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military burial in san at for the rosekrantz national cemetery in san diego. remembered today by his four children. deborah crosby was only six years old when she received the news that her father was presumed dead, likely shot down during a recon mission in north vietnam in 1965. but his body wasn't located, haunting the family for years. >> it was just such a sad story that my dad was still in vietnam and not recovered. >> reporter: she made a vow to her grandmother to one day bring his remains home. >> she lit a fire underneath me, and it was hopeful to actually take some steps towards doing something. >> reporter: the u.s. military actively searches for missing service members involved in conflicts. deborah never gave up, tracking her father's case regularly, even after her mother and grandmother passed away, until a break through just two years ago when military investigators drained
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a fishing pond near where the plane went down, discovering his wedding band among the remains. >> i just burst out into tears. i was just like overwhelmed. >> reporter: lieutenant commander crosby finally returning home. >> instead of being filled with pain, we're filled with pride and we're just so happy that he's home. >> reporter: his daughter fulfilling that once far-away promise as the country honors his service and sacrifice. steve patterson, nbc news, los angeles. and when we come back, graduation day at west point and one family's extraordinary achievement.
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on this memorial day weekend, we end tonight with a story about service to country and the contribution of one remarkable family. among those graduating this weekend from the u.s. military academy at west point, three brothers, a rare accomplishment that hasn't been seen at west point in decades. maya rodriguez was there. >> reporter: it's graduation time at america's oldest military academy. west point's class of 2017 preparing to leave school to serve their country as army officers. among the new second lieutenants, the three ogrydziak brothers. 23-year-old noah and 21-year-old fraternal twins cole and sumner, all graduating together. >> after high school, you know, that would
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kind of be it. we'll all do our own thing, whatever that would be. >> reporter: but that's not how it turned out. each brother deciding on his own to apply to and attend west point. surprising their non-military older brother and their mom and dad, both of whom served in the coast guard. >> it was their decision to go there, not pressure from us. i'm proud as heck that they are. >> it is an honor and we're tickled. >> reporter: it is also a rarity. the last time three siblings graduated from west point at the same time, more than 30 years ago. >> they made it through this 47-month crucible. i think everyone has realized how special that is since it really does not happen very often. >> reporter: for these brothers -- >> i always think friday night pizza night, that's kind of our thing. >> reporter: that meant relying on each other through the grueling years here. >> we all go through our individual trials like every cadet does here, but it is nice when we get down time. >> i can reach out to them. >> reporter: now the trio prepares for life apart, each aware of the potential risks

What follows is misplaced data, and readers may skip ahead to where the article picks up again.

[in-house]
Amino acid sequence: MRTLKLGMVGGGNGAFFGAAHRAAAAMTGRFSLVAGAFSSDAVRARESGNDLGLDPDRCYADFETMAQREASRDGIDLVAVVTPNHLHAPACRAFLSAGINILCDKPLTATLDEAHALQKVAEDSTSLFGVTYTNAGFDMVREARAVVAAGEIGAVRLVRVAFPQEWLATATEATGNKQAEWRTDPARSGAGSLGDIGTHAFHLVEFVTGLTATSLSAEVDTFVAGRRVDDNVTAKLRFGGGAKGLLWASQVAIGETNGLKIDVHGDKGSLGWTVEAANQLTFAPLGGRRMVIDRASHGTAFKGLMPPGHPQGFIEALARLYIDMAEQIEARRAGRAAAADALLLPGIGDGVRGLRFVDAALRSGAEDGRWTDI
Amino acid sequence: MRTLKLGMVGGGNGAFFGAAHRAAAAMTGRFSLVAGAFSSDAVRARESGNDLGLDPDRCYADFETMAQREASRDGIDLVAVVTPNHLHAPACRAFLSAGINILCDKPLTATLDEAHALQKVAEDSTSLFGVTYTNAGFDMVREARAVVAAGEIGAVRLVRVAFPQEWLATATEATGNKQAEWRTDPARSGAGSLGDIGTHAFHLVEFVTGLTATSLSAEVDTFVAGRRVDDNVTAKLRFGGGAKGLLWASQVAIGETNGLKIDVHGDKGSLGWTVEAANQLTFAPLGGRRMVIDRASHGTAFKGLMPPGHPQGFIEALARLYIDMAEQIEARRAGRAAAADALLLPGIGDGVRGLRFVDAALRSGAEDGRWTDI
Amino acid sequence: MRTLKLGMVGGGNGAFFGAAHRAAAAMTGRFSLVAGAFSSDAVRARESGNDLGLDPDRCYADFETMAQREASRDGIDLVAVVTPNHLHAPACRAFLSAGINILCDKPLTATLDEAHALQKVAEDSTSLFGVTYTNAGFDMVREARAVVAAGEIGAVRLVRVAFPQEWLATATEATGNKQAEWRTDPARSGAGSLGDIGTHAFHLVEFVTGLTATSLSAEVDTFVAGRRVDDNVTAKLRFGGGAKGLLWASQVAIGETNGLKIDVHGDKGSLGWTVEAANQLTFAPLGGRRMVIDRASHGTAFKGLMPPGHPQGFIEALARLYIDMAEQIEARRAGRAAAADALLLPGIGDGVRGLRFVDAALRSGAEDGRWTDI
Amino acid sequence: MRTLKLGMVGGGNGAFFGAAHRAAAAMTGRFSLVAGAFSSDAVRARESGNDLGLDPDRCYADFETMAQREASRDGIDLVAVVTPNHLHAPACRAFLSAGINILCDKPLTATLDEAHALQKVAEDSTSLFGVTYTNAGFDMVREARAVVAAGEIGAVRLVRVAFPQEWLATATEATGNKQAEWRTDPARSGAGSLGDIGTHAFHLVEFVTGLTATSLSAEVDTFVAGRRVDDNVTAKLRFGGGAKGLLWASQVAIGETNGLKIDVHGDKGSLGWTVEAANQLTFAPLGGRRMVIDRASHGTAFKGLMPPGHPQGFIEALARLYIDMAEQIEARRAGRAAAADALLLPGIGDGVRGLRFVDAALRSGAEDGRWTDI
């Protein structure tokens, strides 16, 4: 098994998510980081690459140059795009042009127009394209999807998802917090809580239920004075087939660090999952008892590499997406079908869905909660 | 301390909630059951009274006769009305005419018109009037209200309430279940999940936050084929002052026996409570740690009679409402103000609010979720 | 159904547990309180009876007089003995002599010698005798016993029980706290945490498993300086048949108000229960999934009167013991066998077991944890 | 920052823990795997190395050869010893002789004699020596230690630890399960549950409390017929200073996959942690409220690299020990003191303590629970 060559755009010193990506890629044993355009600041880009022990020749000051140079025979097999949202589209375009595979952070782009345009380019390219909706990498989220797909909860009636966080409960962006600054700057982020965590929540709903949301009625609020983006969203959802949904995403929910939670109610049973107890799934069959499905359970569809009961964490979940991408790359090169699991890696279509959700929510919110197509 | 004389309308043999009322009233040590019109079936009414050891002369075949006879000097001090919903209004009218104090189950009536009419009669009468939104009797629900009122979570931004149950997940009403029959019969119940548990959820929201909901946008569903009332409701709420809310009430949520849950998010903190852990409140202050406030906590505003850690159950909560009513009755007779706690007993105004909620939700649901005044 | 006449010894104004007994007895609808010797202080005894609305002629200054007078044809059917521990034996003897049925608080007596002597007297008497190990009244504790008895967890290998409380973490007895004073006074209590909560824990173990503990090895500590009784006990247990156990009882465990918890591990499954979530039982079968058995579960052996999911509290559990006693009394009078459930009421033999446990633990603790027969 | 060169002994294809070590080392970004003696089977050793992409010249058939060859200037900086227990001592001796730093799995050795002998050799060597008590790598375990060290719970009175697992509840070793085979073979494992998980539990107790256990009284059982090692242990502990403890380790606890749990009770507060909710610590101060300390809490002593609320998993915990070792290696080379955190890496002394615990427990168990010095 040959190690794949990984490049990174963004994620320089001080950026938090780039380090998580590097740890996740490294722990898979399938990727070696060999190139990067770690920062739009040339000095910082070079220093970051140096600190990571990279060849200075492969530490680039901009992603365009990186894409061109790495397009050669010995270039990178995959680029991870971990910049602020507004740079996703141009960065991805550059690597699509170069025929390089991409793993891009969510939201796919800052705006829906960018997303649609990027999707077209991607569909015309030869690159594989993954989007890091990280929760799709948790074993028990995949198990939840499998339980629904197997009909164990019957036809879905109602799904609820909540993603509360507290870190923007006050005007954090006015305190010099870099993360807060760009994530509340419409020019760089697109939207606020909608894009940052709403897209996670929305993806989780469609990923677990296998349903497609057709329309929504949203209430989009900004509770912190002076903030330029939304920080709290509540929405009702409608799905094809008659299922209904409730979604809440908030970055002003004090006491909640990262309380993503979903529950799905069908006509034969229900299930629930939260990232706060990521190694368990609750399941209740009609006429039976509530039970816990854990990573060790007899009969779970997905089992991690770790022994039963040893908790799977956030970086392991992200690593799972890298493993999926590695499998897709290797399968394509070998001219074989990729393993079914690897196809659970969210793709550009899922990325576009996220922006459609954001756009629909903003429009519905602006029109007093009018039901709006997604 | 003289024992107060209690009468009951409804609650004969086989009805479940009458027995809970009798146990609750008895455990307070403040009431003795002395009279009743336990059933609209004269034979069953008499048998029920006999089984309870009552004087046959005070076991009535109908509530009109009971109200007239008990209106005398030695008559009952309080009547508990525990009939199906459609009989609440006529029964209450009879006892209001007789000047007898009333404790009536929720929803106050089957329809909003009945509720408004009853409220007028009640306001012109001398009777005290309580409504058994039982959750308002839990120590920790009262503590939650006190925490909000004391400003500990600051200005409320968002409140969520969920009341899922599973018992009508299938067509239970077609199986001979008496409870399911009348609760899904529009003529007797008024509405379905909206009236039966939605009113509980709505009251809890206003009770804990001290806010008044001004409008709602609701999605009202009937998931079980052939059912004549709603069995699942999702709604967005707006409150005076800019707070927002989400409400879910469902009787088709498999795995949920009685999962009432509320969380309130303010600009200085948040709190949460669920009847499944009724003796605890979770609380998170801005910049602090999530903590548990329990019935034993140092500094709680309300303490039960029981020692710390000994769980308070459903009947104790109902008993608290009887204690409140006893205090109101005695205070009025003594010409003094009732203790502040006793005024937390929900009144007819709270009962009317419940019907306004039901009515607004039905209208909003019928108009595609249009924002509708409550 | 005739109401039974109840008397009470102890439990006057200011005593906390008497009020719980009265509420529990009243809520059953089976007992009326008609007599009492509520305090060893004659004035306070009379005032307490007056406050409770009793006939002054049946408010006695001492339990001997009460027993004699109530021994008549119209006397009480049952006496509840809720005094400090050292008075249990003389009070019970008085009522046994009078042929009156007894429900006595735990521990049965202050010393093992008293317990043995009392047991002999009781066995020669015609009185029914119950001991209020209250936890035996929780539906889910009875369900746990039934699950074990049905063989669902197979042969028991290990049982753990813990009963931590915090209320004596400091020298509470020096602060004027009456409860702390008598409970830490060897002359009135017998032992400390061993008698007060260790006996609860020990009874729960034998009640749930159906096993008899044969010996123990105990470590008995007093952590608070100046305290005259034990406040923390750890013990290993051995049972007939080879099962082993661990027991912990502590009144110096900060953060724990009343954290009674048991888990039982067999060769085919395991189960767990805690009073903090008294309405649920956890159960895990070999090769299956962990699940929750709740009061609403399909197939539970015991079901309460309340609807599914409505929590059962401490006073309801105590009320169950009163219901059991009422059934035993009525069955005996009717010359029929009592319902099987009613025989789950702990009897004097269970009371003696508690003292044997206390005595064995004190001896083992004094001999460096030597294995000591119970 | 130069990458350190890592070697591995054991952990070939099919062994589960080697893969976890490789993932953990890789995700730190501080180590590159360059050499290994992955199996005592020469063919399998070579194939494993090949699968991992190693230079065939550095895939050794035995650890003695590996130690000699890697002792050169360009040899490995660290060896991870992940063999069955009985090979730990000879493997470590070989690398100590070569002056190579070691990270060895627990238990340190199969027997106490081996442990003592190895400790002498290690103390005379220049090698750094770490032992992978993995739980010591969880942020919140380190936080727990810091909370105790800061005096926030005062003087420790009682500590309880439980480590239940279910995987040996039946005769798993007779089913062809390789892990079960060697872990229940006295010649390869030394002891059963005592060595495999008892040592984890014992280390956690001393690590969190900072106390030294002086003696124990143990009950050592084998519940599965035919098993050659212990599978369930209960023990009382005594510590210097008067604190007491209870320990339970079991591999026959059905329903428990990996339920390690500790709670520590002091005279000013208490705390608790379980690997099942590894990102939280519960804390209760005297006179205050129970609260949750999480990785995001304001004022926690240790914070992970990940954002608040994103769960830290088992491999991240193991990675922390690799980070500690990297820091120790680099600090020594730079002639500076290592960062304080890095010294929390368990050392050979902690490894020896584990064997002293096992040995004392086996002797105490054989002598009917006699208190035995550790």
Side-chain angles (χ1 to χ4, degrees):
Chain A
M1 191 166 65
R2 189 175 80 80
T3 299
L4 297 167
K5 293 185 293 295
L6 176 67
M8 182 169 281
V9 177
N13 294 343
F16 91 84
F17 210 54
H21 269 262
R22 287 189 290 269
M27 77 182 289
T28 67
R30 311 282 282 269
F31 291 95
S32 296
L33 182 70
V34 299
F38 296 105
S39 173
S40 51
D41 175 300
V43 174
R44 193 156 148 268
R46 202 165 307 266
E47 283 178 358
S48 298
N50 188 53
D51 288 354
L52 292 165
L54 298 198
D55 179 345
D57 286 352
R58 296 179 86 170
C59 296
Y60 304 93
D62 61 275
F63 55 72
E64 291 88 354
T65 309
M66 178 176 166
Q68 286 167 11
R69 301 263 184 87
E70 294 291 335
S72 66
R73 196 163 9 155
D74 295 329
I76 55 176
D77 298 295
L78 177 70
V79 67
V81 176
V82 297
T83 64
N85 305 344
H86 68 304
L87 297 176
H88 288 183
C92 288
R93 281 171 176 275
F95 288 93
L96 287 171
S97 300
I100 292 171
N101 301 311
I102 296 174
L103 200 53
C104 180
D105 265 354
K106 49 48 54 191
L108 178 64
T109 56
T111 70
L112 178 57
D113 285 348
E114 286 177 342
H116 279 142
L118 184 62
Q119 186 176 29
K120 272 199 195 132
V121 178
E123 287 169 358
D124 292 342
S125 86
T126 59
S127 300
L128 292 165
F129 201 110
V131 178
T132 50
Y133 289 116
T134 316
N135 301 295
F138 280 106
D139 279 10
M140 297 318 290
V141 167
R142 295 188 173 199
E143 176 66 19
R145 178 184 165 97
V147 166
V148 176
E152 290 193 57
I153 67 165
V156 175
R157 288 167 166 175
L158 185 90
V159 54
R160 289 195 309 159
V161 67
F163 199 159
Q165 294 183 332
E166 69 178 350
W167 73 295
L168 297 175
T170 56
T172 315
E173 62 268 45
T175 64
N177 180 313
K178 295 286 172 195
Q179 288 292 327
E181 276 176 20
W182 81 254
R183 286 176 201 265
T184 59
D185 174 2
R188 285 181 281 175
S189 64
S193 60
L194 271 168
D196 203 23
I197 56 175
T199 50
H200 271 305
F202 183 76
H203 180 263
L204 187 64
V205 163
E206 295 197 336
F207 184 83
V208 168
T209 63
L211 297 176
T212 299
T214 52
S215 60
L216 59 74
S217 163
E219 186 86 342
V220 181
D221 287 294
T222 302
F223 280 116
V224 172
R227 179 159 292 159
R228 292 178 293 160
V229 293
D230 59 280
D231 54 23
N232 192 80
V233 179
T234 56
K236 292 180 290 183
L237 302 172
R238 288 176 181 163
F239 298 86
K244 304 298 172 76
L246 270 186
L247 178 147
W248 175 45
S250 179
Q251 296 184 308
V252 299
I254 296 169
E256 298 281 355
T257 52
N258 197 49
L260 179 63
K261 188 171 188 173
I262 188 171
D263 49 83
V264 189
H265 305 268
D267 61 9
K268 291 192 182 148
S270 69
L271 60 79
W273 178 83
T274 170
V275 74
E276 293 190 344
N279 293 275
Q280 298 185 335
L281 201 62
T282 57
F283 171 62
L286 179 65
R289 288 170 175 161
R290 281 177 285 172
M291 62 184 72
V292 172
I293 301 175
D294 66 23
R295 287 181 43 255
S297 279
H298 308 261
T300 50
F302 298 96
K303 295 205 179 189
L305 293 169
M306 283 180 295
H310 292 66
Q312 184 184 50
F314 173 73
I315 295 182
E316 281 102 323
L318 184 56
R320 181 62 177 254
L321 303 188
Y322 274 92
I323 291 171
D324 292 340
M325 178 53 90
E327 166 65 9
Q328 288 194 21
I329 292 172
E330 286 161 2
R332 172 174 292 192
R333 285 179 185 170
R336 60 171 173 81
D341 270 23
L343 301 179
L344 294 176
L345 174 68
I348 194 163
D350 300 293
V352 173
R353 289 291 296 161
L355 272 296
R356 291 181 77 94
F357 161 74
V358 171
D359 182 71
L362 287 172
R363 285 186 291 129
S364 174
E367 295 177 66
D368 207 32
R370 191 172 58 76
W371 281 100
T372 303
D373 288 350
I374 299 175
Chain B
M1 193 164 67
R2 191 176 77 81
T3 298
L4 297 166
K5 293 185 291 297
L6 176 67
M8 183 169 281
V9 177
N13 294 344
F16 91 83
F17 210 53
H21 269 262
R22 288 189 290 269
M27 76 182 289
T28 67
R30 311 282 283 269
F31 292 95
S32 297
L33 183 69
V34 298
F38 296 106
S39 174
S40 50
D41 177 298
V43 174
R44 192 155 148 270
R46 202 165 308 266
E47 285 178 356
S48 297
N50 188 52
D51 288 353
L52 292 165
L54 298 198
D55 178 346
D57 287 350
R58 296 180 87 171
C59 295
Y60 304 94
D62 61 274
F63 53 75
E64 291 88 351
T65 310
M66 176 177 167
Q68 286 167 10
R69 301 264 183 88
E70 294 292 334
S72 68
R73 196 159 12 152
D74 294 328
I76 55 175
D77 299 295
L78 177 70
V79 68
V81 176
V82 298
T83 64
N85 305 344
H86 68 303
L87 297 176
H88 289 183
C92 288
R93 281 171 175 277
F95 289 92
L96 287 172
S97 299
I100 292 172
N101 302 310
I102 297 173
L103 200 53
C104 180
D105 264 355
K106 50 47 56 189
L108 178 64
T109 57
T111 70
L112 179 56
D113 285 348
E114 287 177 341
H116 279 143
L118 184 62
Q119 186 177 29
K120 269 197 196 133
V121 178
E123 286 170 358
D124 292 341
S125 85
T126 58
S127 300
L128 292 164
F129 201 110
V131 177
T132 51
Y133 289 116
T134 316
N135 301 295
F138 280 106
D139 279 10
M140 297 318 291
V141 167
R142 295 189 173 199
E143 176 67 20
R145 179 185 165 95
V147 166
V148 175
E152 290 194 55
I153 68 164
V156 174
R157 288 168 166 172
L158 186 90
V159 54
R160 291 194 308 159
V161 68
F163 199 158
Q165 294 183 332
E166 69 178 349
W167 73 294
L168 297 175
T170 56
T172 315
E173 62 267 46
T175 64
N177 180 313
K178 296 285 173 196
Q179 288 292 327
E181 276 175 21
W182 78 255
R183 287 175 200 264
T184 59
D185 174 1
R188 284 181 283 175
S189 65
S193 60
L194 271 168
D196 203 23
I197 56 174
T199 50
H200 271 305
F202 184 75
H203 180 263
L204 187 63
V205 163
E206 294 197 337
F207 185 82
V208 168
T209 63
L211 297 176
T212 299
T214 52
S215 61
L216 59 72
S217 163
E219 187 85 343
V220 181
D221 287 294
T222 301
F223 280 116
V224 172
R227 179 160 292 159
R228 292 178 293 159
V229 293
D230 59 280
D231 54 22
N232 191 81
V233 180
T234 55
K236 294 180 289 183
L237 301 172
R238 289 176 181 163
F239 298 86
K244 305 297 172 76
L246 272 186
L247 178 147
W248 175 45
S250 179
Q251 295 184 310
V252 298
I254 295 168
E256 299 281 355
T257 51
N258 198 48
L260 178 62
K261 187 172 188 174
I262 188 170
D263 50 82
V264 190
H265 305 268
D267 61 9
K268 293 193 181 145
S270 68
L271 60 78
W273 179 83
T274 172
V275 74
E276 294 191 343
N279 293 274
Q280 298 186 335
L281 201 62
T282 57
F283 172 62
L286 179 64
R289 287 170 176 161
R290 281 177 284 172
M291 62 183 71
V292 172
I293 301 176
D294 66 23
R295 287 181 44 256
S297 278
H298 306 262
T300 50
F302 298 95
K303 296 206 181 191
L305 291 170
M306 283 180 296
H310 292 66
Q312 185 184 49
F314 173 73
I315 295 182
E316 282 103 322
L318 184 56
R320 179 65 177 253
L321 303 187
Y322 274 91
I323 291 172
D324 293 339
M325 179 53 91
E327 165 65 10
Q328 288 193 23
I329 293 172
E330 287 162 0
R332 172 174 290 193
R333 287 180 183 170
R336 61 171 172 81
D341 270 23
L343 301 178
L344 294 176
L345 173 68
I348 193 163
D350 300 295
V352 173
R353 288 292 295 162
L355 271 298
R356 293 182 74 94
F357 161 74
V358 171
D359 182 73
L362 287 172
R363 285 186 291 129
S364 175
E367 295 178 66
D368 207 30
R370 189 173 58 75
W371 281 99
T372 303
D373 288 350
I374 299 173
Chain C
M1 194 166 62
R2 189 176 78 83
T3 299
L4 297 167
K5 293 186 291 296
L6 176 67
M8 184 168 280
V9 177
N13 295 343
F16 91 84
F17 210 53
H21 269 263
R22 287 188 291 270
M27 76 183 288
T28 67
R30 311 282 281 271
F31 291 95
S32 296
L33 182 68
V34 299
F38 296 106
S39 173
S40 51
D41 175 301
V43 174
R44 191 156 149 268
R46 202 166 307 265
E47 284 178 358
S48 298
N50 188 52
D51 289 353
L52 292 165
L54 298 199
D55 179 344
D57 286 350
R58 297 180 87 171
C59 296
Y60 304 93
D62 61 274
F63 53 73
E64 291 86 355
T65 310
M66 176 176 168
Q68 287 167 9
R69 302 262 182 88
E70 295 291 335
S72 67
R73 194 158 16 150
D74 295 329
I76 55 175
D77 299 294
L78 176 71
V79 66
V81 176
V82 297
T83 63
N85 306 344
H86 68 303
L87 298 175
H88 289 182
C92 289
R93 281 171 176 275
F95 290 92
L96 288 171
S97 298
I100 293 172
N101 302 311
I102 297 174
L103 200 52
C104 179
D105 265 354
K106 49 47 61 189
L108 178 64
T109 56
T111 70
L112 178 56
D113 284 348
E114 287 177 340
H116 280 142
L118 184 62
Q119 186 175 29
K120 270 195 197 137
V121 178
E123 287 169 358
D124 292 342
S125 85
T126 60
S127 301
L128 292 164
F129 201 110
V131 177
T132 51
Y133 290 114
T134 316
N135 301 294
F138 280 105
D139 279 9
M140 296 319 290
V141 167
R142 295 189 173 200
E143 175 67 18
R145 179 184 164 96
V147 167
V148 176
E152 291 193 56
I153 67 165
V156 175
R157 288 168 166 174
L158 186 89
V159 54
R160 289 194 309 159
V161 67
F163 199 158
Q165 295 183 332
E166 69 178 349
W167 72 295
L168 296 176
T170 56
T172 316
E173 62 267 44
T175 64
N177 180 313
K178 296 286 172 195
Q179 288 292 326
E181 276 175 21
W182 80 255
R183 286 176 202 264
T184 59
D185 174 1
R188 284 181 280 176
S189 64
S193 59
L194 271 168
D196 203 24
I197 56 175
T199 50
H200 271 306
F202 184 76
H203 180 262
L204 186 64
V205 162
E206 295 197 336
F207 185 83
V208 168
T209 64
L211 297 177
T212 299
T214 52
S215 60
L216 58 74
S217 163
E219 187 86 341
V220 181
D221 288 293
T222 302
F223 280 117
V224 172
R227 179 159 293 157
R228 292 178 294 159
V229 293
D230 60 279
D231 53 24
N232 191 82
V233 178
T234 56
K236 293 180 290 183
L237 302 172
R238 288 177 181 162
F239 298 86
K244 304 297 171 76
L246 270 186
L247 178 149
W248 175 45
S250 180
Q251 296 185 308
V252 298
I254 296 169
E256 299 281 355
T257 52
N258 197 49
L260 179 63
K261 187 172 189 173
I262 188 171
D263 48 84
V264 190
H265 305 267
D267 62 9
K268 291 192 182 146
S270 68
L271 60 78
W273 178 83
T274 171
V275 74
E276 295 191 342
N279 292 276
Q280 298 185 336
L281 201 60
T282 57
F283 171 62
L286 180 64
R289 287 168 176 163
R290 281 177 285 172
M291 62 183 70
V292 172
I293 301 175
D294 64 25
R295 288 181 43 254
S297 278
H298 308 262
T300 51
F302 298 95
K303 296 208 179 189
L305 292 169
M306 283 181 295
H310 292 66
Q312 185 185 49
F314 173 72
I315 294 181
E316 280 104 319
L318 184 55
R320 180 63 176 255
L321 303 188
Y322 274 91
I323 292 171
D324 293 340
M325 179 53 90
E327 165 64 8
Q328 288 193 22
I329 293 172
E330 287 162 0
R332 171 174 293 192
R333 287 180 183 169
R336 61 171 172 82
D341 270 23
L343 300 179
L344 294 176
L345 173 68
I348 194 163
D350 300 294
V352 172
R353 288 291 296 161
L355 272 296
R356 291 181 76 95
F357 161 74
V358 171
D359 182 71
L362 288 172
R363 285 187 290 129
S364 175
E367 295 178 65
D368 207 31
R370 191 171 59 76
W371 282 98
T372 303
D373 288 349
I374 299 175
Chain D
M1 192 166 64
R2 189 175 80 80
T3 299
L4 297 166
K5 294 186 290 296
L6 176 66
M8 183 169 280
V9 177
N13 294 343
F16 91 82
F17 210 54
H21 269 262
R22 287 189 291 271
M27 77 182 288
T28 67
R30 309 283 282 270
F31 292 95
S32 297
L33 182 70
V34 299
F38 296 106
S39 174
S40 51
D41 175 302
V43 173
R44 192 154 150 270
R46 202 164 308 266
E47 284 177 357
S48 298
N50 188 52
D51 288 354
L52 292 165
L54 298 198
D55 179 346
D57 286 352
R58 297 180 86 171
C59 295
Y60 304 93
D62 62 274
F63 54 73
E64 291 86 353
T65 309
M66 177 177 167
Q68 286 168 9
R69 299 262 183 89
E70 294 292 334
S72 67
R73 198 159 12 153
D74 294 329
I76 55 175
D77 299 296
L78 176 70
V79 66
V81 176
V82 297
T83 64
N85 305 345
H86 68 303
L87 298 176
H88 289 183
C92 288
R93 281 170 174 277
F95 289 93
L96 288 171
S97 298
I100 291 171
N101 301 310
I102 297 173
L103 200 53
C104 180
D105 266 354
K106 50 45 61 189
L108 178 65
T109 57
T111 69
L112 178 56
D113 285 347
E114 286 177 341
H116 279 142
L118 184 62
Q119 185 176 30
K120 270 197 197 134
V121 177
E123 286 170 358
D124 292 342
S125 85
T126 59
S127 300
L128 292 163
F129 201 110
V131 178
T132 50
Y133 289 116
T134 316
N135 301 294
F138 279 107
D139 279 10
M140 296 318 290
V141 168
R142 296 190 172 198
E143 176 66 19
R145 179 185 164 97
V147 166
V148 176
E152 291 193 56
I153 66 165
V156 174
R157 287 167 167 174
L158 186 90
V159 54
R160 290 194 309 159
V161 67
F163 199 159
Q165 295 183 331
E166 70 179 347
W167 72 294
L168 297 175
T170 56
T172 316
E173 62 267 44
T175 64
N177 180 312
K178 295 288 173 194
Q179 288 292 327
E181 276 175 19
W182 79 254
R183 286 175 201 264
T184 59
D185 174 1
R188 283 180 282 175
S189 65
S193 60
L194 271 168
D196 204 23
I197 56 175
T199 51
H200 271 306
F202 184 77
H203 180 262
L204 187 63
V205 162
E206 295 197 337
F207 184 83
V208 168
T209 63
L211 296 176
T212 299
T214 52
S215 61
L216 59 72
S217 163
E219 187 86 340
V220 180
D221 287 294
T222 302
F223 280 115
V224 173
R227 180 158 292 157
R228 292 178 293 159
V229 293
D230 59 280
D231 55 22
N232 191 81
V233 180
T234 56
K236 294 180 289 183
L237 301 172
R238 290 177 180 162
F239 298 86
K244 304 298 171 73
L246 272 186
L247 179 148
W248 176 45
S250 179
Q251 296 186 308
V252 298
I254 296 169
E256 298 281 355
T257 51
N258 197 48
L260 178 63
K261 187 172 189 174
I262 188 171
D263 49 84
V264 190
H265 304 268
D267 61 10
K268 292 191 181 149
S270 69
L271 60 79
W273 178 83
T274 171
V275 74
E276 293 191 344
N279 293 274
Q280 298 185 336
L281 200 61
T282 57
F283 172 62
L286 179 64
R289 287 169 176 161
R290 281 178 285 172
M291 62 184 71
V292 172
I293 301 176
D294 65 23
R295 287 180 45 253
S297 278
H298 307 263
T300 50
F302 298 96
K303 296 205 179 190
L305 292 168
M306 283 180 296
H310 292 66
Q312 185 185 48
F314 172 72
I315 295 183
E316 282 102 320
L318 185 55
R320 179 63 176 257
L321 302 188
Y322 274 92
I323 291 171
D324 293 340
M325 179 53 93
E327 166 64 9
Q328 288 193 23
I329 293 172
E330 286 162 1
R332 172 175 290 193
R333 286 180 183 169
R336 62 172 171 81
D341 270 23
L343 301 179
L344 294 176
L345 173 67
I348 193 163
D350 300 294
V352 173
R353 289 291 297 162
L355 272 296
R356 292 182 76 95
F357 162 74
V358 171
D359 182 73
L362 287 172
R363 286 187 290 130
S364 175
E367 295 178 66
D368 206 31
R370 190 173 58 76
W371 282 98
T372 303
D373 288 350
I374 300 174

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ahead. >> whether you are in training or deployed in a combat scenario, there's always a chance that something could go wrong, but we accept that risk. >> reporter: but before that, one final west point task together, a pinning ceremony. their coast guard captain father getting their first salute as newly commissioned officers. >> welcome to the officer corps. >> not everyone gets this opportunity, especially siblings, so very fortunate. >> reporter: a gratitude shared among this band of brothers. maya rodriguez, nbc news, west point, new york. and we thank them and all members of the armed services. that is nbc "nightly news" for this sunday night. i'm kate snow reporting from new york. for all of us here at nbc news, have a great night. [ taps ]
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more amerijust one day... s wild ride down a slide at a . right now at 6:00, just one day after a child wild ride down a slide at a dublin water slide, a third slide is now shut down. the news at 6:00 starts right now. good evening, i'm terry mcsweeney, peggy bunker is off tonight. state inspectors were on-site today trying to figure out how a 10-year-old flew out from one of the slides on to concrete. sergio quintana is live in dublin with information on another slide that closed down today. >> reporter: well, terry, there are now three slides that are built into that tower up there that are off lying, two, and including the green one called the emerald plunge where the little boy slipped off were